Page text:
Smart investors choose Roth IRAs over traditional IRAs, according to a recent study by Texas Tech University. The researchers determined that people with high IQs were the most likely to own a Roth IRA, even after controlling for education, income, and net worth.
"When the government creates a tax incentive, it creates an advantage for people who have the sophistication to be able to figure out the value of that incentive," says Michael Finke, an associate professor of personal financial planning at Texas Tech University and coauthor of the report. "With a Roth IRA, you are not getting any immediate advantages. You are essentially locking up your money with the threat of a fee in order to get a long-term benefit."
The study used data from a random sample of 12,686 young adults who participated in the National Longitudinal Survey of Youth beginning between ages 14 and 22 and who were between 43 and 51 in 2008. Those who scored the highest on the Armed Services Vocational Aptitude Battery, a series of 10 tests related to intelligence, were the most likely to own a Roth IRA. Some 14.3 percent of people in the highest IQ quintile owned a Roth IRA by 2008, compared with 3.8 percent of all the study participants and just 0.9 percent of people with the lowest IQs.
There are many logical reasons to select a Roth IRA over a traditional retirement account. Here's a look at why sophisticated investors are choosing Roth IRAs:
Lower lifetime tax liability. Traditional IRAs allow you to defer paying taxes on money you save for retirement until you withdraw the funds from the account. Roth IRAs permit you to pay the income tax upfront, and distributions that are made after age 59 1/2 from accounts that are at least five years old are tax-free. To decide whether you should put your retirement savings in a traditional or Roth IRA, compare your current tax rate to what you estimate you tax rate will be in retirement. If you expect to be in a higher tax bracket in retirement, it makes sense to pre-pay the tax now using a Roth account. If you think your tax rate will drop in retirement, you might want to defer paying income tax until later using a traditional retirement account. "A Roth IRA is really designed for the person who is starting out or in their younger years," says Lisa J.B. Peterson, a certified financial planner and president of Lantern Financial in Boston, who is not affiliated with the study. "Someone at their peak earning potential would probably do better with a traditional IRA."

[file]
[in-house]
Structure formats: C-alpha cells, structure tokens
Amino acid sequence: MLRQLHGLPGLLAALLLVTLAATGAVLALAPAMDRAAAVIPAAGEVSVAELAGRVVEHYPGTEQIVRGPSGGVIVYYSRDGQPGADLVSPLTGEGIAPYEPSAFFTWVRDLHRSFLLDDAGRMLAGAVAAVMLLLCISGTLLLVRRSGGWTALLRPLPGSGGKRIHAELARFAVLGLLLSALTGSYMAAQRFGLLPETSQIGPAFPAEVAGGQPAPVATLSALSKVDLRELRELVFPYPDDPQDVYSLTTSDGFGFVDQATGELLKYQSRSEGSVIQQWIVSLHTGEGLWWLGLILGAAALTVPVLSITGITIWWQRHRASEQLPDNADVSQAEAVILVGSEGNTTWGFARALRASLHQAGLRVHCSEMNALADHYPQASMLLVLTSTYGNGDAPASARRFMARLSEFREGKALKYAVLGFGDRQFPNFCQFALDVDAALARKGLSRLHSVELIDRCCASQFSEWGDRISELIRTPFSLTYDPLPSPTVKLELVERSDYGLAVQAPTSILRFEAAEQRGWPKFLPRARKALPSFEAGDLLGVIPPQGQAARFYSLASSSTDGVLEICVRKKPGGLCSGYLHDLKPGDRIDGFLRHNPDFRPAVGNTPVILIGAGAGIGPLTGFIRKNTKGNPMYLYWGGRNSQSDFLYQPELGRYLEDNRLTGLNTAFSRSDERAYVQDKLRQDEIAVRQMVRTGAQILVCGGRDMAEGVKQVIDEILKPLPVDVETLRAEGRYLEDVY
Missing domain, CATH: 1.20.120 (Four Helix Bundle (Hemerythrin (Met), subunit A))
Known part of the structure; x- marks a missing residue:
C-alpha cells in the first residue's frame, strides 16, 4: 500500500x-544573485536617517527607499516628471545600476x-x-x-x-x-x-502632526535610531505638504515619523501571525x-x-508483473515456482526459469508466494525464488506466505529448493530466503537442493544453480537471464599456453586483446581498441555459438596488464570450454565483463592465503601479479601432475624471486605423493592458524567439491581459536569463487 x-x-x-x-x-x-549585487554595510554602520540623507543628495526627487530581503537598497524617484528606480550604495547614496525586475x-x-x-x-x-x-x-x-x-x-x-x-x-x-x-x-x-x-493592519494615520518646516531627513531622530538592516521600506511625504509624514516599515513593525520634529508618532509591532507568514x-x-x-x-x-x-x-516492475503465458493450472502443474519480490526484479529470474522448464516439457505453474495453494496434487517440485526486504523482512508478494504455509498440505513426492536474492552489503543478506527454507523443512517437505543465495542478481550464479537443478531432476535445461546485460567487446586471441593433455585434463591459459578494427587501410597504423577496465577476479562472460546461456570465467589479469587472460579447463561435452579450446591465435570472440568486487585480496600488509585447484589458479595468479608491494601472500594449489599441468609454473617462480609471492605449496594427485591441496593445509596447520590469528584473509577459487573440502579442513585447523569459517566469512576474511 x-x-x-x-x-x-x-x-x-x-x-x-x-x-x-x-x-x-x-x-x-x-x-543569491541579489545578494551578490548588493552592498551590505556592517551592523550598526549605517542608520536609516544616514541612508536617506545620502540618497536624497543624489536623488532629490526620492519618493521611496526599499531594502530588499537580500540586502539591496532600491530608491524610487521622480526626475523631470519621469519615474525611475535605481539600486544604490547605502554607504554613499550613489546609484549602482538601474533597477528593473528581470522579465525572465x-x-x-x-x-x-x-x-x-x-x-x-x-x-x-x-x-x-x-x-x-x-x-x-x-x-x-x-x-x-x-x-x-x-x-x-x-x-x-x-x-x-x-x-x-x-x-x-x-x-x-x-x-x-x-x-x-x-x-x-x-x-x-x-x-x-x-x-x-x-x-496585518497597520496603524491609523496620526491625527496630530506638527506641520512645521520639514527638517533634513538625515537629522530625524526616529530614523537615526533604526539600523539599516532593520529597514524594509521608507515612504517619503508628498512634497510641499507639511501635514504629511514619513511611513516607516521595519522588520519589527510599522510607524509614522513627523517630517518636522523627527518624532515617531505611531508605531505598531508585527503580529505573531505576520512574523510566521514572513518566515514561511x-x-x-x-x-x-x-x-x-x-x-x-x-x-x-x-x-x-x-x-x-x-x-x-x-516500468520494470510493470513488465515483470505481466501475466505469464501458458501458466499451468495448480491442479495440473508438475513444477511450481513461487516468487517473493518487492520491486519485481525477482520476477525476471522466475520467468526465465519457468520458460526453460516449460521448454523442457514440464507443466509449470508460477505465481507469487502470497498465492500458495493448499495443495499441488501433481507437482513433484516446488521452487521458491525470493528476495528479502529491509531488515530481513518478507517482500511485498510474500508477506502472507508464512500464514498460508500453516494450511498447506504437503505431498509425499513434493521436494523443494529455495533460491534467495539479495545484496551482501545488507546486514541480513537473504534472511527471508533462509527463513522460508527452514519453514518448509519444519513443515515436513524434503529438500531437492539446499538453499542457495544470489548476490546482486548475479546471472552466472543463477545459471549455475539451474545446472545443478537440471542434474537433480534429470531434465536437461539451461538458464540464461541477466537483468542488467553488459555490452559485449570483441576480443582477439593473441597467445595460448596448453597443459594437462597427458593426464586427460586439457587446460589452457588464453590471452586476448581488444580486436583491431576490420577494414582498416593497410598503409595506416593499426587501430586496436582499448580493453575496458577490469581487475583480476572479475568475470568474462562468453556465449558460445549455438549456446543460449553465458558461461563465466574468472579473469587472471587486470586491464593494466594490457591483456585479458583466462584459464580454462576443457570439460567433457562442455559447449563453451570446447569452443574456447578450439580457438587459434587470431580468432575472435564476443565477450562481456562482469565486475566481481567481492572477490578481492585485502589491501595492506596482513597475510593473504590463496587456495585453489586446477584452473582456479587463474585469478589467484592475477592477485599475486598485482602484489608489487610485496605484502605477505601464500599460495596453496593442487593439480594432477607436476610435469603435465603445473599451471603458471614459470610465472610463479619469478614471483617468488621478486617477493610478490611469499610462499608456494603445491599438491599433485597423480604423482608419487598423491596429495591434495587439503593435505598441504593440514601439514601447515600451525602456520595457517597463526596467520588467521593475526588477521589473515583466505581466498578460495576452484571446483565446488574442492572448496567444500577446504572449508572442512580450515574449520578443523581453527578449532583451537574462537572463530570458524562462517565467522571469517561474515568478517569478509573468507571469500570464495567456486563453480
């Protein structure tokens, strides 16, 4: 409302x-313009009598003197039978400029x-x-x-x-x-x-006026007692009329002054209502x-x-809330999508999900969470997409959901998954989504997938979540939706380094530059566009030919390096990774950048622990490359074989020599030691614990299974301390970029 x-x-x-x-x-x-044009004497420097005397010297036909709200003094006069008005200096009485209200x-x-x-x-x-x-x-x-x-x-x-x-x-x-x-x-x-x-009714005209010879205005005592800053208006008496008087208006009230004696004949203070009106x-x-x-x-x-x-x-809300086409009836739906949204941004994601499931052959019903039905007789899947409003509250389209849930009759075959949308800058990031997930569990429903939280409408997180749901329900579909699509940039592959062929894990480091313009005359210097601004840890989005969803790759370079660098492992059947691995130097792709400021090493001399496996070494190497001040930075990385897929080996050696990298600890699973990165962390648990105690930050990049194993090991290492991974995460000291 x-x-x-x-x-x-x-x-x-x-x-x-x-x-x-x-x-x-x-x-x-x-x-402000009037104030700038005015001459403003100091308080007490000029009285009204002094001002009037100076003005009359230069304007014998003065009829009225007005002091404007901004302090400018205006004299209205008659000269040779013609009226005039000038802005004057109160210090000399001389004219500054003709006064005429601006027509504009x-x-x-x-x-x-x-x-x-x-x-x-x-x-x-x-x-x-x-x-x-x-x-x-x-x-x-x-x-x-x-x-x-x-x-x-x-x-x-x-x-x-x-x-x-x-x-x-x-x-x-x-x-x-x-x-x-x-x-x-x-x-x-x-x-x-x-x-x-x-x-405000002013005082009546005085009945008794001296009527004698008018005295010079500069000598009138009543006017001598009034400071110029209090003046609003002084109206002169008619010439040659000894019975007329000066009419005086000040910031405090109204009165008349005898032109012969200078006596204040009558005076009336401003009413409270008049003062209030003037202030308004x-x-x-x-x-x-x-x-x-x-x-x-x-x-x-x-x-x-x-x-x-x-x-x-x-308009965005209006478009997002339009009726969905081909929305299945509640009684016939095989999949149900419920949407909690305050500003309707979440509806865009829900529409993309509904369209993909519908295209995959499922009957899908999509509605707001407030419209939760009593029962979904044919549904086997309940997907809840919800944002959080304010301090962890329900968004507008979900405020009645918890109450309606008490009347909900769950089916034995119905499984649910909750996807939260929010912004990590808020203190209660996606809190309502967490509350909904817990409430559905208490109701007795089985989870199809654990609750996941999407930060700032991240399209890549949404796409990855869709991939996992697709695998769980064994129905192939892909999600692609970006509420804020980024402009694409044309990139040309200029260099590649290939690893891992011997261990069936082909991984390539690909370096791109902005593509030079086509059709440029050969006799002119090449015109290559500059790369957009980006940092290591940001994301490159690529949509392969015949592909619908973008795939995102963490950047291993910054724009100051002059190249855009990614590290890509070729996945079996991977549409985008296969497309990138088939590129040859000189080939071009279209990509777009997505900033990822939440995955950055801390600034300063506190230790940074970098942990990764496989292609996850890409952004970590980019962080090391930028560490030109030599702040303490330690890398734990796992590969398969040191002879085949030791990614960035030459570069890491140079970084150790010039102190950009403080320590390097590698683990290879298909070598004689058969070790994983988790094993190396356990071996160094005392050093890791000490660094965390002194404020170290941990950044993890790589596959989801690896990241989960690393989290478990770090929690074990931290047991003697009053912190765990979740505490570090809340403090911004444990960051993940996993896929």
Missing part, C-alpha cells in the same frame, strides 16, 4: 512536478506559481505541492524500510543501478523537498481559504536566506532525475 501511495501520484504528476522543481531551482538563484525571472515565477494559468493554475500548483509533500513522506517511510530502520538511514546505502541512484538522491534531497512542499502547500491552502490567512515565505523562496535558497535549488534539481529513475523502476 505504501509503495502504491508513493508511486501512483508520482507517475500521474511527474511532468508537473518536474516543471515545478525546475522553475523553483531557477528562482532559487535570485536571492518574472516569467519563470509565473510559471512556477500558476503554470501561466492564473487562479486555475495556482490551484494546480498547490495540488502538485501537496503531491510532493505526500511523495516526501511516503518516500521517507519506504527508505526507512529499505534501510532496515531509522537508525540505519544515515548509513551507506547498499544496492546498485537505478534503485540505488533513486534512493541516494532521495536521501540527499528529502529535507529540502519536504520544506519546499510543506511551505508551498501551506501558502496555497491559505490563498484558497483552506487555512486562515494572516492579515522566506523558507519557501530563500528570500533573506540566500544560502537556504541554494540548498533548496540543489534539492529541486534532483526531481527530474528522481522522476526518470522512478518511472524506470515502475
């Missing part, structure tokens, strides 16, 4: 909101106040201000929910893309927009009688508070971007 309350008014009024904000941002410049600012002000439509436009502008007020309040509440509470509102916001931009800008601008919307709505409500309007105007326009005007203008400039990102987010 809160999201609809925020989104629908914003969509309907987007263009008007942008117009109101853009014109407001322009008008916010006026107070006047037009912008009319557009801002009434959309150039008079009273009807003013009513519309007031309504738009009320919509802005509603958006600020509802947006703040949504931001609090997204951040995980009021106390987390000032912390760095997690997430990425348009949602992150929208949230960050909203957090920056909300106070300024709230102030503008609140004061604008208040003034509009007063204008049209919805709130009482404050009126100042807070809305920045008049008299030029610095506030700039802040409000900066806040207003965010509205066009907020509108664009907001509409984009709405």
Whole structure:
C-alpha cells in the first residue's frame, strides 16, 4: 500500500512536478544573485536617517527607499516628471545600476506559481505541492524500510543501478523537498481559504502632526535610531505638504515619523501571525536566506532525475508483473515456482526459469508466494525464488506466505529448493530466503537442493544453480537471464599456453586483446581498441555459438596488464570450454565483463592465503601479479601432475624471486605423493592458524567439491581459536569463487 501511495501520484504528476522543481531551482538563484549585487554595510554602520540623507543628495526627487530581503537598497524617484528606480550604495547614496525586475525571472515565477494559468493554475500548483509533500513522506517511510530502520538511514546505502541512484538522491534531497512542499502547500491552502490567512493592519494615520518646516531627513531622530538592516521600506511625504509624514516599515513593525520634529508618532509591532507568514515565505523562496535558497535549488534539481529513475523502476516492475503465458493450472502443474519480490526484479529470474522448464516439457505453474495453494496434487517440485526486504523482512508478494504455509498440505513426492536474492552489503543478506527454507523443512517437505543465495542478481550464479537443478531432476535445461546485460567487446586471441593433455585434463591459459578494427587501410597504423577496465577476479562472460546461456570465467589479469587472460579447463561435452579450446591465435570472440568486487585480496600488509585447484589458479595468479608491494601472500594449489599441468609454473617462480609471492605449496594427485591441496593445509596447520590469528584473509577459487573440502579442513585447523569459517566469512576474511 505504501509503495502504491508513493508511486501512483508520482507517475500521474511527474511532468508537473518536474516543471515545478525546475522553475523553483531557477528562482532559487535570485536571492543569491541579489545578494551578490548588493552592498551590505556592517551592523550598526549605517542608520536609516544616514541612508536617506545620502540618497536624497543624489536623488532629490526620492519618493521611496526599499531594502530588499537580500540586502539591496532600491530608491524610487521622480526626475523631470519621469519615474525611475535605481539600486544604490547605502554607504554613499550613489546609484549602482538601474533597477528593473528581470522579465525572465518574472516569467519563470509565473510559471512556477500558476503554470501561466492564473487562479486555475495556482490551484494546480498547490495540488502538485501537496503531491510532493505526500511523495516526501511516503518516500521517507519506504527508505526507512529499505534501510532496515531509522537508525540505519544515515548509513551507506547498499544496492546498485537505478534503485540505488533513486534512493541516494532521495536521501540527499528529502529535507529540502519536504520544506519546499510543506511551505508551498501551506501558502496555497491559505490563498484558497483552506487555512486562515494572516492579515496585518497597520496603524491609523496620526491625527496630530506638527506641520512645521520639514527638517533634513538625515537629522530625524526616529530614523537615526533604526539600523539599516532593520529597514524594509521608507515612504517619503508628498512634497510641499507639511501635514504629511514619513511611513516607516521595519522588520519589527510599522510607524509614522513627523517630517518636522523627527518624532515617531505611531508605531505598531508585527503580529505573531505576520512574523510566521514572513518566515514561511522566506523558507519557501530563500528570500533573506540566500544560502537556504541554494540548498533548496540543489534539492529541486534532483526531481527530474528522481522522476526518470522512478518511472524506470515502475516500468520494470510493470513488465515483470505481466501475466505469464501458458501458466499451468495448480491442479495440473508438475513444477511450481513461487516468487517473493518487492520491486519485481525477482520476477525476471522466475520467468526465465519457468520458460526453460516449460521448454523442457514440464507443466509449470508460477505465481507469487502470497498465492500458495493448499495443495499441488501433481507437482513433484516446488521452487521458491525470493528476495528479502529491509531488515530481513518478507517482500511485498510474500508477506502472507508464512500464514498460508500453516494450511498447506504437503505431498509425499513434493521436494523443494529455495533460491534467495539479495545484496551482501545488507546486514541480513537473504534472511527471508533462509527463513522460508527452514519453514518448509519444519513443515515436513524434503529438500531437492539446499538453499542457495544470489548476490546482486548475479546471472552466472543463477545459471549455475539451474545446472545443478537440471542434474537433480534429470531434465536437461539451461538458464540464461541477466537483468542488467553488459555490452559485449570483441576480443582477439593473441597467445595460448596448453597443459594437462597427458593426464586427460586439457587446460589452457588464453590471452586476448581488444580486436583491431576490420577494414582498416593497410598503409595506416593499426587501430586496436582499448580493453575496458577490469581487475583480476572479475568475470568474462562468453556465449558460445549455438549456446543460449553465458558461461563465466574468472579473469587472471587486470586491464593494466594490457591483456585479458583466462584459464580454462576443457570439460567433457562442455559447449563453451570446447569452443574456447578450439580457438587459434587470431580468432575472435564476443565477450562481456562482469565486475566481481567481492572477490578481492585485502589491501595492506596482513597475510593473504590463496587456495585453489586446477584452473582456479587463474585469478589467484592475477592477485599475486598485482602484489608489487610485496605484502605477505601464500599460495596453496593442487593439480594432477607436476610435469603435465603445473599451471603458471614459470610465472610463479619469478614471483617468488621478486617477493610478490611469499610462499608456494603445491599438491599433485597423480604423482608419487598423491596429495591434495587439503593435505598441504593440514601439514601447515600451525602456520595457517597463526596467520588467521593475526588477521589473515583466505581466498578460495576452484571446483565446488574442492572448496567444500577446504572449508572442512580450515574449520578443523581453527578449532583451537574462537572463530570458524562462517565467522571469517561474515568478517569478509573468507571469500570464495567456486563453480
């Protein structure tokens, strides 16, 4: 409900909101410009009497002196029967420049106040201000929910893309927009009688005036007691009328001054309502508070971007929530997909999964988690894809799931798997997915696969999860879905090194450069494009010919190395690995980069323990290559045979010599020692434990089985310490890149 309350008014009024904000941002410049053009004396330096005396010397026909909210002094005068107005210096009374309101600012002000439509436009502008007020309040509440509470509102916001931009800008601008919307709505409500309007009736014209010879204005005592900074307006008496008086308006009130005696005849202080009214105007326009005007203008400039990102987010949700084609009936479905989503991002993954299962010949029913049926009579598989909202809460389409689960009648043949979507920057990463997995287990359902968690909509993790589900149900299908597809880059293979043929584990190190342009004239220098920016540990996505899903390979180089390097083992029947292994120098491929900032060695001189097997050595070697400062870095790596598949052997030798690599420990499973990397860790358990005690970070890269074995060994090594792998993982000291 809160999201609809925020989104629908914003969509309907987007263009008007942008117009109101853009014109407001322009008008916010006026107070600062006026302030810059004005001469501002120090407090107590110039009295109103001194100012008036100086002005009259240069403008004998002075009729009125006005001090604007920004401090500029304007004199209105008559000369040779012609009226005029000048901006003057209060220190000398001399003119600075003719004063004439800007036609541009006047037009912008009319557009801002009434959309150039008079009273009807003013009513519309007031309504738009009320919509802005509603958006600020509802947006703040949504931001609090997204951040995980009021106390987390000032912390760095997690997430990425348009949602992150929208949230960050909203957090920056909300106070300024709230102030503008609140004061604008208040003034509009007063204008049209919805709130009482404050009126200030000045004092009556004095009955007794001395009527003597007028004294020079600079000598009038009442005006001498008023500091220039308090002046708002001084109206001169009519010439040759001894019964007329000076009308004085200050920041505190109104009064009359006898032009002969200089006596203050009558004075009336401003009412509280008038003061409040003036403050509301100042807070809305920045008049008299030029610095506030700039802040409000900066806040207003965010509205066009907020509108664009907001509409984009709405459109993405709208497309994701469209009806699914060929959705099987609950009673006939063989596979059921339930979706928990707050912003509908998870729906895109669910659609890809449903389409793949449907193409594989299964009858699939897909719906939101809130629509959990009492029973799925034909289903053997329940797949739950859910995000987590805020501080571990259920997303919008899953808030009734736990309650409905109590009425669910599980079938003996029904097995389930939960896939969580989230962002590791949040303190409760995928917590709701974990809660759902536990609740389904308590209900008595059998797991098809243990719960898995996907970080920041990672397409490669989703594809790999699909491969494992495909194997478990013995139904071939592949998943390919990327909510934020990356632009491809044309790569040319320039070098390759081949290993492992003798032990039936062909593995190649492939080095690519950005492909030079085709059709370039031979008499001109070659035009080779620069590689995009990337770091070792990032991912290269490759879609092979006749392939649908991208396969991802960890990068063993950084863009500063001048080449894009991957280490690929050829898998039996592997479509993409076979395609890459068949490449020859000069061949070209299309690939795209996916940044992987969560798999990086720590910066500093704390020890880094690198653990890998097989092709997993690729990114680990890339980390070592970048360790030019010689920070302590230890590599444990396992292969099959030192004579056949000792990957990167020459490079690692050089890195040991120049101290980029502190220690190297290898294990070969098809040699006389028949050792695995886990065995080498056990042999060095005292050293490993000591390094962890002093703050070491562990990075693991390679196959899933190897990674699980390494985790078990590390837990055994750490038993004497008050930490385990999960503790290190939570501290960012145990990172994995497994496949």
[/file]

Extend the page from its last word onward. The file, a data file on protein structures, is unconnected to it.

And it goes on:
Retirement flexibility. Withdrawals from traditional IRAs become required after age 70 1/2. The penalty for failing to withdraw the correct amount is 50 percent of the amount that should have been withdrawn. Roth IRA account owners are not required to take withdrawals, which gives them more flexibility to time withdrawals or pass on tax-free money to heirs. "You don't get an immediate tax advantage with the Roth IRA, but the money that you take out during your retirement years comes out tax-free," says Russell James, a certified financial planner and Texas Tech associate professor. "You are giving up current consumption for higher levels of future consumption. It requires a lot of cognitive ability to do that."
Easier access to funds before retirement. Roth IRAs give you more flexibility to make withdrawals before retirement. While traditional IRA distributions before age 59 1/2 result in a 10 percent early withdrawal penalty and income tax on the amount withdrawn, Roth IRA distributions charge the income tax and early withdrawal penalty only on the portion of the withdrawal that comes from earnings. Penalty-free withdrawals are also allowed from both types of IRAs for a variety of reasons, including college costs, significant unreimbursed medical expenses, and a first home purchase.
Leave more money to heirs. You heirs will need to pay taxes on money you leave them in a traditional IRA. However, your beneficiaries may be able to receive tax-free distributions of money left to them in a Roth IRA.
Roth IRA conversions. In 2012, individuals earning less than $125,000 ($183,000 for couples) are eligible to make Roth IRA contributions. The maximum amount you are allowed to contribute to a traditional IRA, Roth IRA, or combination of the two is $5,000 in 2012, or $6,000 for those age 50 and older. The maximum possible Roth IRA contribution amount is lower for individuals earning more than $110,000 ($173,000 for couples). However, traditional 401(k) and IRA accounts can be converted to a Roth if you pay income tax on the amount rolled over. The IRS removed the $100,000 income limit for Roth IRA conversions in 2010, which means almost everyone now has the ability to open a Roth IRA by doing a rollover. "You can shift money that you have in a traditional IRA over to a Roth IRA, but you have to pay taxes on that shift," says Russell. But if you make the switch, "All the growth happens tax-free, and you get to take it out tax=free."
Tax diversification. Saving in both a traditional and Roth IRA adds tax diversification to your portfolio and allows you to be prepared for future tax-rate changes. "It allows us to essentially hedge against the risk that capital gains rates or income tax rates are going to go up in the future," says Finke. "We are taxed once on it when we put the money away and then we are allowed to defer additional taxation essentially forever."